# Explicit form of recursive function representing marginal cost

I am selling a printing service and I would like to charge marginally less for an additional print compared with the average cost of each print given the current quantity. My recursive rule representing the total charge for X+1 given X is therefore:

$$f(x+1) = \left(\frac{f(x)}{x}\times d\right) + f(x)$$ $$f(0) = 0; f(1) = C$$ $${d \; \epsilon \; \mathbb{R}\; | \;0

My WooCommerce site won't let me use a recursive rule so I was wondering if there is an explicit approximation of this?

Thanks!

No need for an approximation. Note that our recursion can be restated as $$f(x+1)=\left(\frac{d}x+1\right)f(x)$$ Hence, by applying this formula $$x$$ times, we have that (for $$x\ge0$$) \begin{align} f(x+1) &=C\cdot\prod_{k=1}^x\left(\frac{d}k+1\right)\\ &=C\cdot\prod_{k=1}^x\left(\frac{d+k}k\right)\\ &=C\cdot\frac{(d+x)(d+x-1)\cdots(d+1)}{x!}\\ &=C\binom{d+x}{x}\\ \end{align} Hence we have the closed form $$f(x)=\begin{cases}C\binom{d+x-1}{x-1}&x\ge1\\0&x=0\end{cases}$$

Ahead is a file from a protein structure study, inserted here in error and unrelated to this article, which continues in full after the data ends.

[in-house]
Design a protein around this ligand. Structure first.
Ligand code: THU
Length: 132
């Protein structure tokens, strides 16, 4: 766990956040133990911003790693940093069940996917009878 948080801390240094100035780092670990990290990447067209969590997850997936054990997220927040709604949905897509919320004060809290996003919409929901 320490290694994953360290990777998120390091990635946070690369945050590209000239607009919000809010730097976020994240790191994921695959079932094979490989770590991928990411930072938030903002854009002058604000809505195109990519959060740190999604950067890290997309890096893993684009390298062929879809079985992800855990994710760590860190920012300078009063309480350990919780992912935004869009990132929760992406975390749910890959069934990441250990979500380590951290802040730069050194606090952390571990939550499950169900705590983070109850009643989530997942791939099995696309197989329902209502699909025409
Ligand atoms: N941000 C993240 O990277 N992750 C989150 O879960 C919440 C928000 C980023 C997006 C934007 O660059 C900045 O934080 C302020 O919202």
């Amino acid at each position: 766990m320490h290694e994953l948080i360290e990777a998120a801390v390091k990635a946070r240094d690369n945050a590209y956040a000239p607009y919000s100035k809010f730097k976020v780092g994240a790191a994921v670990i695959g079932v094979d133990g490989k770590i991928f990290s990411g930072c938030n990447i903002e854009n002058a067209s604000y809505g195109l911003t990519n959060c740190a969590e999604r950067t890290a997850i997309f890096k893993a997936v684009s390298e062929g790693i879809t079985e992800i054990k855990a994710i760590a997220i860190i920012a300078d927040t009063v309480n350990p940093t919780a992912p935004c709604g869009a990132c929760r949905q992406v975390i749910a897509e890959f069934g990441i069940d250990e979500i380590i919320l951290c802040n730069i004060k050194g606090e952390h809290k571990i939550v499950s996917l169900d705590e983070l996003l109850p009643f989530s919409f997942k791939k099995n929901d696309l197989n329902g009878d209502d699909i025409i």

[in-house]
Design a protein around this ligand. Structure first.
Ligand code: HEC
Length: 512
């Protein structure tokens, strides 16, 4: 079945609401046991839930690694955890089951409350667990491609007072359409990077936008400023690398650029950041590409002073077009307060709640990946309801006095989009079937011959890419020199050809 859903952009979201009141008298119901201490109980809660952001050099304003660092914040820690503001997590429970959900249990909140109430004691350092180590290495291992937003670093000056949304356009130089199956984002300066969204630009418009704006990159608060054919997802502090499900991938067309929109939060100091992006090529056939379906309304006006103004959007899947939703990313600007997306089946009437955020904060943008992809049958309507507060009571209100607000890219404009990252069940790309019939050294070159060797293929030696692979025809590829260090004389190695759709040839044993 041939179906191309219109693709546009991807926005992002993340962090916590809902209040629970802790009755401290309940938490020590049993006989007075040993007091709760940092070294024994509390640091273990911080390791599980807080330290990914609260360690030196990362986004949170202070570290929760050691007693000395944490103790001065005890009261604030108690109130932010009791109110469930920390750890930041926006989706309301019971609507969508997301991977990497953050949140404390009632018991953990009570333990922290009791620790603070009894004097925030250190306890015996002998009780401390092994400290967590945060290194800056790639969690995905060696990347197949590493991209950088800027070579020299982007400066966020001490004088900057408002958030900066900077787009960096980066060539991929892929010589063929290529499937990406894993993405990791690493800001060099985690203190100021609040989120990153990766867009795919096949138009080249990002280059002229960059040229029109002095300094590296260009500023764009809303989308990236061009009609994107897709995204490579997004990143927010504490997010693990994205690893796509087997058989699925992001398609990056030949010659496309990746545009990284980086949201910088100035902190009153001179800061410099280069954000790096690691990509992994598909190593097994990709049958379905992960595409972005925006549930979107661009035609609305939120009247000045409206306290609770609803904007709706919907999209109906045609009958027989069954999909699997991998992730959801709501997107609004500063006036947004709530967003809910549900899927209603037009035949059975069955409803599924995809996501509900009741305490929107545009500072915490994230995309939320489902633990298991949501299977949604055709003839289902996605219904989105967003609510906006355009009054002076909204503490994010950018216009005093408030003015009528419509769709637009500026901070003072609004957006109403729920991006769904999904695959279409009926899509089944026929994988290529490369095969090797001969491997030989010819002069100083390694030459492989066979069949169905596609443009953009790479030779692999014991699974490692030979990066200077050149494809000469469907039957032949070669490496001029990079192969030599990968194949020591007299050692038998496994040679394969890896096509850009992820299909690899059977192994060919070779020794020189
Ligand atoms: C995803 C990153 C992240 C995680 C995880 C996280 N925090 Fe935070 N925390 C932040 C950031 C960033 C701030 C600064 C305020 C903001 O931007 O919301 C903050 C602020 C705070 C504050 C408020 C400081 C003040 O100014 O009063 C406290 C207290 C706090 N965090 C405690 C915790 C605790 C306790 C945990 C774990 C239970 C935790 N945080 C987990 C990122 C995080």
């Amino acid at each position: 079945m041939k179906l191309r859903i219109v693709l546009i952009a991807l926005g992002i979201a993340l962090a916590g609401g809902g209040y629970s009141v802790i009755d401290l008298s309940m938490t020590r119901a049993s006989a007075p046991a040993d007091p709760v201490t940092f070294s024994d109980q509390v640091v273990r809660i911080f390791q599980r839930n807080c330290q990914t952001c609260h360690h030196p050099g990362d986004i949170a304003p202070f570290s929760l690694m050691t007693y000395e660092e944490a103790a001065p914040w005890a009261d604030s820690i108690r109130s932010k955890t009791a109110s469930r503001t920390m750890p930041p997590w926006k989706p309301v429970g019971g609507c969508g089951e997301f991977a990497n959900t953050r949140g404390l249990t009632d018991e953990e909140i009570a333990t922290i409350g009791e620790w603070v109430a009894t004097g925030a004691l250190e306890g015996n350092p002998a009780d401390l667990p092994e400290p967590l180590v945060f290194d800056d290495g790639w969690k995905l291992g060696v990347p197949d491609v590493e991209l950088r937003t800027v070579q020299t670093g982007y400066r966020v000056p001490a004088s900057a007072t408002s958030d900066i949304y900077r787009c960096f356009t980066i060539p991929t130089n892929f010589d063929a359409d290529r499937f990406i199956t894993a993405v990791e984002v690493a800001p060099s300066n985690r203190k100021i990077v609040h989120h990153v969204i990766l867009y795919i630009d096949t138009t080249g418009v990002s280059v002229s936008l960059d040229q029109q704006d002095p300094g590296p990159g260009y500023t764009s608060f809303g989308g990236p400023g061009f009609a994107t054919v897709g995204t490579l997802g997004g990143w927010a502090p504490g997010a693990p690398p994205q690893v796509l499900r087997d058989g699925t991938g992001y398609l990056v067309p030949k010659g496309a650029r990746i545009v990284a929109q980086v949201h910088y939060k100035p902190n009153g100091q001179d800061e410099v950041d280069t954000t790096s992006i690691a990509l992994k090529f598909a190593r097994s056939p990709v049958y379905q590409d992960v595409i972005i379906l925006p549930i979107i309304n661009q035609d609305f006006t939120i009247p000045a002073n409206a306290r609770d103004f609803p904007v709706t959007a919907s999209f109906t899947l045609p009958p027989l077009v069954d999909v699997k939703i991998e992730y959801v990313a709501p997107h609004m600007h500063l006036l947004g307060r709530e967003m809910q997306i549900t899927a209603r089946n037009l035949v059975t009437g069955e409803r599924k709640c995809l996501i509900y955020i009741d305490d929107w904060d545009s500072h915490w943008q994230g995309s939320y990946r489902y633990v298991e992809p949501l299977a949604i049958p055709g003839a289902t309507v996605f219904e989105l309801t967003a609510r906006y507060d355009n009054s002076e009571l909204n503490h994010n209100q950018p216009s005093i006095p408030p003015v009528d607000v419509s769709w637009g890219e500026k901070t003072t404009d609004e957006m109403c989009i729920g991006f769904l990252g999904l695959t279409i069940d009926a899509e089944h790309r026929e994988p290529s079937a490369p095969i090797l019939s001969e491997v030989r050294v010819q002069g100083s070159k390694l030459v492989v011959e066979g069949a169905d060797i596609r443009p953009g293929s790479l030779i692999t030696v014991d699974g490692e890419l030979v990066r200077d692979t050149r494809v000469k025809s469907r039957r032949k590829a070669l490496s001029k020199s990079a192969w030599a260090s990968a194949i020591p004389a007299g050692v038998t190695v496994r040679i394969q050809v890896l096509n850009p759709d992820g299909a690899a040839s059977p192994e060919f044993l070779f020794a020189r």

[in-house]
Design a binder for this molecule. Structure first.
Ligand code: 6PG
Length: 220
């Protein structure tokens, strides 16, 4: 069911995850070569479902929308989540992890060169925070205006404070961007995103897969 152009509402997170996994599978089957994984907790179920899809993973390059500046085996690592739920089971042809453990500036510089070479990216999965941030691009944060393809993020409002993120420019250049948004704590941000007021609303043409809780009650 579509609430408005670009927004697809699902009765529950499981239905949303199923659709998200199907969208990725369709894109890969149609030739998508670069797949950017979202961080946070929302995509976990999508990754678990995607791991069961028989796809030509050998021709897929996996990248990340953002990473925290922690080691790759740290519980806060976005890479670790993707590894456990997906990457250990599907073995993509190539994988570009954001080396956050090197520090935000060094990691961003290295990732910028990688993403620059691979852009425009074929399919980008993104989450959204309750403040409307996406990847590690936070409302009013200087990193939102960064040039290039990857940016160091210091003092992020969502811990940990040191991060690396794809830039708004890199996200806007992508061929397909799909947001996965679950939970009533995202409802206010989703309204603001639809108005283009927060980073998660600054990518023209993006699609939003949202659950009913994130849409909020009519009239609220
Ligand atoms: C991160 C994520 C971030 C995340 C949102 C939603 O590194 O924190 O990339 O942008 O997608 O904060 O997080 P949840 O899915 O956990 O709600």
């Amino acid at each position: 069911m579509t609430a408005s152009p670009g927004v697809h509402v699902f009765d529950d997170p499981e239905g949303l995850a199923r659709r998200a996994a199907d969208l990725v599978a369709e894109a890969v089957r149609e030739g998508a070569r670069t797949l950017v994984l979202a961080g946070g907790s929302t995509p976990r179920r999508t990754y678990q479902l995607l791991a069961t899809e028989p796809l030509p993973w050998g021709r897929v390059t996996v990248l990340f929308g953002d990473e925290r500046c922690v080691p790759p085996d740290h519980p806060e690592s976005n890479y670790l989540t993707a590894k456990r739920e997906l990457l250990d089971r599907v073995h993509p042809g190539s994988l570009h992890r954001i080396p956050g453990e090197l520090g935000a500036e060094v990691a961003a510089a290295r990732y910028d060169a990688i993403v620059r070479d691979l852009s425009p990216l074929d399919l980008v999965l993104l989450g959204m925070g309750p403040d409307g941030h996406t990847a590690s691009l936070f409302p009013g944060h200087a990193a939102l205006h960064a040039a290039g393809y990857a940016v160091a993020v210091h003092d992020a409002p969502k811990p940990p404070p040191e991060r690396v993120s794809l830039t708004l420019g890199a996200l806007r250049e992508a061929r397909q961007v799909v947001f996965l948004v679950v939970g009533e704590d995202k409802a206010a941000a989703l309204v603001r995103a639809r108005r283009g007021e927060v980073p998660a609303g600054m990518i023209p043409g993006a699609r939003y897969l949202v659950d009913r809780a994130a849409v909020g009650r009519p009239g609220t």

• Nicely done. I will note that, If one takes $\binom{n}{m}=0$ for integer $m<0$, then the $x=0$ case at the end is superfluous. But that's a matter of conventions, so your pointing it out explicitly is still sensible. Commented Aug 19, 2019 at 17:38